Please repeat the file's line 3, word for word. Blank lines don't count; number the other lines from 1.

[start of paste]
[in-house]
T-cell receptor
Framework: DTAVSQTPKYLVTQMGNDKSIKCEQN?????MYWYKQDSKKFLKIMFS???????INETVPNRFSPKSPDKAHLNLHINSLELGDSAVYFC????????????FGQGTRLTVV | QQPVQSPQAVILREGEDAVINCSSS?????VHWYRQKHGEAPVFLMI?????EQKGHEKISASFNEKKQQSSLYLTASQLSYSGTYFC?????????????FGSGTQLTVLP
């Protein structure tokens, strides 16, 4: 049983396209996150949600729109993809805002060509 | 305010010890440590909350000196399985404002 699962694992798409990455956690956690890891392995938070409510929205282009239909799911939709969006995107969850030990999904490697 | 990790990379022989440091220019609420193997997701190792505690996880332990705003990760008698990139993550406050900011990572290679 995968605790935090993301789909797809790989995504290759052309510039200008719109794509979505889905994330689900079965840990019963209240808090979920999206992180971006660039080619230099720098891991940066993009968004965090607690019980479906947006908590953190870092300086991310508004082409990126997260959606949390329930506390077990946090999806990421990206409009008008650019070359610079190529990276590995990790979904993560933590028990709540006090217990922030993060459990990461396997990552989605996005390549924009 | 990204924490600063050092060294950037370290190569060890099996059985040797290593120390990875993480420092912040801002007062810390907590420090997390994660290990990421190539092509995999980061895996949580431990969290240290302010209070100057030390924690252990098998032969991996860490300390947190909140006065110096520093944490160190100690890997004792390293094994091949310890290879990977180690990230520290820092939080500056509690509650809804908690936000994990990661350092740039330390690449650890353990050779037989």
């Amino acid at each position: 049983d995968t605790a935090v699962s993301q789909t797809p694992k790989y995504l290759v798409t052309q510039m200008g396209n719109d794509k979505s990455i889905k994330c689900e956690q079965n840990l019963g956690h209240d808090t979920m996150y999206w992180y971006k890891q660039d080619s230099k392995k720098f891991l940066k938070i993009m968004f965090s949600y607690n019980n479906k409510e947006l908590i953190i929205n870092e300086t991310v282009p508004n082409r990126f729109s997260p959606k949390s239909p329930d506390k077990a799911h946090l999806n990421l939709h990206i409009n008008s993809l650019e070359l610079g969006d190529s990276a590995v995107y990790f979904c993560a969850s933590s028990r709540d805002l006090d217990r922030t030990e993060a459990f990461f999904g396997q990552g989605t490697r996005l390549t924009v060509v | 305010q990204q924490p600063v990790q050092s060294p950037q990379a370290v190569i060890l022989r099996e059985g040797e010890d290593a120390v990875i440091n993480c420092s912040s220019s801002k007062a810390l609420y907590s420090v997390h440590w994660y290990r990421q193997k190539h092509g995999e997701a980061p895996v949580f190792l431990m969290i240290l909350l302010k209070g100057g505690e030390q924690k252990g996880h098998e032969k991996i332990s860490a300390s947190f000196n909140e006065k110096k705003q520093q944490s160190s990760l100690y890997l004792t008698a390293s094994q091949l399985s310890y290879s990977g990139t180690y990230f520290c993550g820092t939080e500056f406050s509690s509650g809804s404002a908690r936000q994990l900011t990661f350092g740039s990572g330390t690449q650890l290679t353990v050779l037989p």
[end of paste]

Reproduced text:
Framework: DTAVSQTPKYLVTQMGNDKSIKCEQN?????MYWYKQDSKKFLKIMFS???????INETVPNRFSPKSPDKAHLNLHINSLELGDSAVYFC????????????FGQGTRLTVV | QQPVQSPQAVILREGEDAVINCSSS?????VHWYRQKHGEAPVFLMI?????EQKGHEKISASFNEKKQQSSLYLTASQLSYSGTYFC?????????????FGSGTQLTVLP